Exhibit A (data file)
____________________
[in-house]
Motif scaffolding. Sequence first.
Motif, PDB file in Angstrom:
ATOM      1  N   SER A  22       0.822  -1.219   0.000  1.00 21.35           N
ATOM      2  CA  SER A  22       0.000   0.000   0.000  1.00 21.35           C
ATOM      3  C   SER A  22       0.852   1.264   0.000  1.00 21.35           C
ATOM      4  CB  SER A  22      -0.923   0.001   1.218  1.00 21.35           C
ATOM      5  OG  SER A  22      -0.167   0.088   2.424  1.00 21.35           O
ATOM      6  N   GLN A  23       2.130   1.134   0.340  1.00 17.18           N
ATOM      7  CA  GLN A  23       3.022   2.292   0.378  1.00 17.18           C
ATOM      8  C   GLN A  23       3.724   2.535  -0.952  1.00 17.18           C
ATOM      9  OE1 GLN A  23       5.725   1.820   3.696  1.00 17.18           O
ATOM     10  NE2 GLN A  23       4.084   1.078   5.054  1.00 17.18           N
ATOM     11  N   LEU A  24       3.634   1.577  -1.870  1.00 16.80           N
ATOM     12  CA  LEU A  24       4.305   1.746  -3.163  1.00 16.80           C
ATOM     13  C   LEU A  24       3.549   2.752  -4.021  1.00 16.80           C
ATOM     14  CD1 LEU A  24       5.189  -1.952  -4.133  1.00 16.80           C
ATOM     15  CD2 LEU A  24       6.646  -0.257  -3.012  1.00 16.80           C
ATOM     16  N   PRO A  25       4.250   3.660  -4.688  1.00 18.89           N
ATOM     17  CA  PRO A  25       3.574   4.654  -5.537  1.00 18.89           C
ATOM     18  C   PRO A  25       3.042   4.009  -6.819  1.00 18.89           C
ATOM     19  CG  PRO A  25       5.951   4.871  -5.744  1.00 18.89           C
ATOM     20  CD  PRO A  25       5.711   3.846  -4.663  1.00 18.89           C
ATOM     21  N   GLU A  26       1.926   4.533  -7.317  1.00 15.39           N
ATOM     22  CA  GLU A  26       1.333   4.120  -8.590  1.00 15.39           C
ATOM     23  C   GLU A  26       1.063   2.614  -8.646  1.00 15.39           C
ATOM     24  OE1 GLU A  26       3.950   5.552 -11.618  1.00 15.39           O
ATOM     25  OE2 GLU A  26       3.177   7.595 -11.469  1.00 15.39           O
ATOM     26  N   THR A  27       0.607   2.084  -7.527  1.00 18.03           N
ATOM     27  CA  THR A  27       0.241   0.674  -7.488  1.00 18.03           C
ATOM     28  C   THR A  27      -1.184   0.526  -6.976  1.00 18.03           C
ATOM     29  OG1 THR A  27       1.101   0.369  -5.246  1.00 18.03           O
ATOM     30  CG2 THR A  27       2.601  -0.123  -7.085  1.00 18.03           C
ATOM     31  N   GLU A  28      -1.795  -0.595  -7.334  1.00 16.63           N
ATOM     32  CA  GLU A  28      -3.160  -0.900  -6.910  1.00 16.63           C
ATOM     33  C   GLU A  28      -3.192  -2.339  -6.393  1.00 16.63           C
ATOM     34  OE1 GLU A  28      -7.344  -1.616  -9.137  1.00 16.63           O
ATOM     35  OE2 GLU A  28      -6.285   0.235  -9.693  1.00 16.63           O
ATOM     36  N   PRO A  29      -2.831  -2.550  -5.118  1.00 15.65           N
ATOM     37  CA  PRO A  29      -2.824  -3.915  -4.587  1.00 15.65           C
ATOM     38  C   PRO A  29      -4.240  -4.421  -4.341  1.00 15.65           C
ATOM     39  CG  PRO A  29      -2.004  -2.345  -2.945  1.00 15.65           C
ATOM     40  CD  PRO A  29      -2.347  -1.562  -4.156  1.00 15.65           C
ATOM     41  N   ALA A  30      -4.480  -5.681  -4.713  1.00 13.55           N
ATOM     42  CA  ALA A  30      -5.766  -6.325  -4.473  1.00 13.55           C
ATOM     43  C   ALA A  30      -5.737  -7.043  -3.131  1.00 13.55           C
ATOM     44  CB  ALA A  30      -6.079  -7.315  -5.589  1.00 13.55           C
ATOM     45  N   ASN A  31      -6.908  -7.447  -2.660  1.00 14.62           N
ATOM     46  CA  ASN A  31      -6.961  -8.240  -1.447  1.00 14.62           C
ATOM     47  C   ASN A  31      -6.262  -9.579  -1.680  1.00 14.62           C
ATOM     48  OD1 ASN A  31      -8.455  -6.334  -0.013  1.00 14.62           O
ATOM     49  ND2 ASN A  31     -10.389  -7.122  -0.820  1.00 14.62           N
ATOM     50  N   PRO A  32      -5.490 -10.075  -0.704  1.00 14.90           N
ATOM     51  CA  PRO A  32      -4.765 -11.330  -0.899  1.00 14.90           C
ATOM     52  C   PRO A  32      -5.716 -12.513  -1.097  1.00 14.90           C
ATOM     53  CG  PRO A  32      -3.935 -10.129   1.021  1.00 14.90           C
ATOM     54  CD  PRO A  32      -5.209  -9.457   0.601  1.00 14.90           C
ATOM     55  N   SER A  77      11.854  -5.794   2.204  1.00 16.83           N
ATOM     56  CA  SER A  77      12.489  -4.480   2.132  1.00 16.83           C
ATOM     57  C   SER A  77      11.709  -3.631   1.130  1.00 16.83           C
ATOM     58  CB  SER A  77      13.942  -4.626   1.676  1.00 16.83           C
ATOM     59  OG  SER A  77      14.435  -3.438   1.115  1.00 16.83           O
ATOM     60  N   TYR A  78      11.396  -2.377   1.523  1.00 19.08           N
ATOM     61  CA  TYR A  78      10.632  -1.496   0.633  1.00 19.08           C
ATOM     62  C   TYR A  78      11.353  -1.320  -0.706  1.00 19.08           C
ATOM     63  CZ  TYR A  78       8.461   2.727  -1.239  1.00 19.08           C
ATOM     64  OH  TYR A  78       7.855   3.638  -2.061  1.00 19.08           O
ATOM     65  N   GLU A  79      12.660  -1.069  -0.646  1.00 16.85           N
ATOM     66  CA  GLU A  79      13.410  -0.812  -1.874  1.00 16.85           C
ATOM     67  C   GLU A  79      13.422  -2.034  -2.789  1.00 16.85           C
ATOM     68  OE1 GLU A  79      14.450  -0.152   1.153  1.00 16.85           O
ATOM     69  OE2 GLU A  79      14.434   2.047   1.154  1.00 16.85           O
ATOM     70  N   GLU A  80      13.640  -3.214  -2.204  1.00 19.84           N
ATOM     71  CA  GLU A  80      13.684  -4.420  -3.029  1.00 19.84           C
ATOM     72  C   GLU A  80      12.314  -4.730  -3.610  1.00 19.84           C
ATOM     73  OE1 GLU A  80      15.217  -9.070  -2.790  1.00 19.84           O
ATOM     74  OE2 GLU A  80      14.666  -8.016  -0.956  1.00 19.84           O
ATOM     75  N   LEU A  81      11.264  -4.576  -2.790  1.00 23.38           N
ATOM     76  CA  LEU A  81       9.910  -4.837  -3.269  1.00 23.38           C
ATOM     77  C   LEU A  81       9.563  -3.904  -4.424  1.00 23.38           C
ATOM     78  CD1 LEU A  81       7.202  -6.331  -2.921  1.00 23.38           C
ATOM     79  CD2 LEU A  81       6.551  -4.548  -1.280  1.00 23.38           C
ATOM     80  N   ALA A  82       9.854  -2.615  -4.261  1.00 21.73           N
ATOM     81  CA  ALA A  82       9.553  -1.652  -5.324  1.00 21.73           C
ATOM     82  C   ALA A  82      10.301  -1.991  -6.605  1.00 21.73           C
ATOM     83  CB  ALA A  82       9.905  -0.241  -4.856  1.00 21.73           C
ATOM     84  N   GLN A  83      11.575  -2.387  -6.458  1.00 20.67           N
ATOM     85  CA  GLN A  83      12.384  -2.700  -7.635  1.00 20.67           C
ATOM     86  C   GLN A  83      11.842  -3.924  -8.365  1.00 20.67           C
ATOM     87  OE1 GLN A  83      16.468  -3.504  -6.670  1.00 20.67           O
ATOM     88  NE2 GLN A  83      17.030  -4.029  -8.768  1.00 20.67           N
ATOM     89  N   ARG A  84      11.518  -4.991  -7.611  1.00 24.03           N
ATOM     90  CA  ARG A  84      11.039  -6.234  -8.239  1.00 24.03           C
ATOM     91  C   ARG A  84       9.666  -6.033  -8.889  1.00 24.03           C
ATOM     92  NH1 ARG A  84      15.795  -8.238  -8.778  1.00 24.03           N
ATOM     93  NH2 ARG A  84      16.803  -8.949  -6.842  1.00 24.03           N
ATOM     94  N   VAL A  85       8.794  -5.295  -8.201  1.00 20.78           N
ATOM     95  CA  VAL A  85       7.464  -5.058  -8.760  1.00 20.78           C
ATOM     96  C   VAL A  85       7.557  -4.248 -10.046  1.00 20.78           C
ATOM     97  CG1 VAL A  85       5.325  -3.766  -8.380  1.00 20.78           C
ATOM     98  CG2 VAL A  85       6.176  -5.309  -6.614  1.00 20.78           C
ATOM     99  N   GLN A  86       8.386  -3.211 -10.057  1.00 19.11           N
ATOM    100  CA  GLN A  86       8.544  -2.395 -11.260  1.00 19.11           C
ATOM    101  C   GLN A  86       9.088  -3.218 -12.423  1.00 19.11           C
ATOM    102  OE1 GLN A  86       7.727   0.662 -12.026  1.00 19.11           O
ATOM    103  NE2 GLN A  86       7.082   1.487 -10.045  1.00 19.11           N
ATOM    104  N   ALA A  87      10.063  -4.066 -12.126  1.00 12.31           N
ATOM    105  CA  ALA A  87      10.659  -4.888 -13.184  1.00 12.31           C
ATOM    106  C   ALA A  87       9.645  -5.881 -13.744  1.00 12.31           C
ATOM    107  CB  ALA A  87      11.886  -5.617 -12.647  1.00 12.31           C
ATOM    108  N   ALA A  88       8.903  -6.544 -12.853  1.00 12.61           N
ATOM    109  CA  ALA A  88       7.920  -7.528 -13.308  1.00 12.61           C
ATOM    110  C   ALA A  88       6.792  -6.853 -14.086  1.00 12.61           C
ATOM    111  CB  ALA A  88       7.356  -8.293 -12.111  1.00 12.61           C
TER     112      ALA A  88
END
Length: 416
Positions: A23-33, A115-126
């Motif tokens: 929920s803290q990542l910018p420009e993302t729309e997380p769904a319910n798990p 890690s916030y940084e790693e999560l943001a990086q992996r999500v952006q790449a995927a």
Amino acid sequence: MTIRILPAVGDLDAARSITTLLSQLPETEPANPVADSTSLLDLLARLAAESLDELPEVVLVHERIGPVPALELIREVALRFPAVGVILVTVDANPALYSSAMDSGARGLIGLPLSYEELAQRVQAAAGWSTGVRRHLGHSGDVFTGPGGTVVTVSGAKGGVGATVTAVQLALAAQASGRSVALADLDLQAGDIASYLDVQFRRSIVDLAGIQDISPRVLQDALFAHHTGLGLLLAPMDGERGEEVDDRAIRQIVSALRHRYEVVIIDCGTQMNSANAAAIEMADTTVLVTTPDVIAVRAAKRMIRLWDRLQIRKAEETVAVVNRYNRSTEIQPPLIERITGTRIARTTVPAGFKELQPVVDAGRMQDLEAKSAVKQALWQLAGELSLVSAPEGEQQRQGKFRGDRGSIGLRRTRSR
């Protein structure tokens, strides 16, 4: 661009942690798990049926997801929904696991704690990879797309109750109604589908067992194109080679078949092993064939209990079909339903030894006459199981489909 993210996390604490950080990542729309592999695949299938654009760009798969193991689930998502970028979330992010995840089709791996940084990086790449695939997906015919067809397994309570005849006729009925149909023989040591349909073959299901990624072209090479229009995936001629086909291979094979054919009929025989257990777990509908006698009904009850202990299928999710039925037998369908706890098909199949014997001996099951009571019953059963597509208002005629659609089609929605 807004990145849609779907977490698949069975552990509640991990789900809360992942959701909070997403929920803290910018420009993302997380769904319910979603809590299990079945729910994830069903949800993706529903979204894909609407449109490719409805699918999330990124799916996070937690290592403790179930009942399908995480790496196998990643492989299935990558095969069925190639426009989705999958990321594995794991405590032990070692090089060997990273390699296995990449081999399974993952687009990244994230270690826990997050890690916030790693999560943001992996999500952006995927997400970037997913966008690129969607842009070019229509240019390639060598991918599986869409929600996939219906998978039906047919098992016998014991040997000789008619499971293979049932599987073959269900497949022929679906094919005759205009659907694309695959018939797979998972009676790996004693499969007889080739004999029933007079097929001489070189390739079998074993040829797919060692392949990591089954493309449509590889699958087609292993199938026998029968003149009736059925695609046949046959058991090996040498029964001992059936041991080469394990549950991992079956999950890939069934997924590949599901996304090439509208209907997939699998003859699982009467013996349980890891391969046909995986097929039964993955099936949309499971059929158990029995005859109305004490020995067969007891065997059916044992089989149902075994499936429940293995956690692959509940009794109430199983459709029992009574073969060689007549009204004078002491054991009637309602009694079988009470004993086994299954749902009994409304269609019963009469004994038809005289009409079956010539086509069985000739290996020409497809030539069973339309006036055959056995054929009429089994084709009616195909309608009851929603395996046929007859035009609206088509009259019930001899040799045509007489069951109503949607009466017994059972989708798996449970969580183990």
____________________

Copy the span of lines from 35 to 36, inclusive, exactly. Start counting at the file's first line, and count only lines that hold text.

ATOM     32  CA  GLU A  28      -3.160  -0.900  -6.910  1.00 16.63           C
ATOM     33  C   GLU A  28      -3.192  -2.339  -6.393  1.00 16.63           C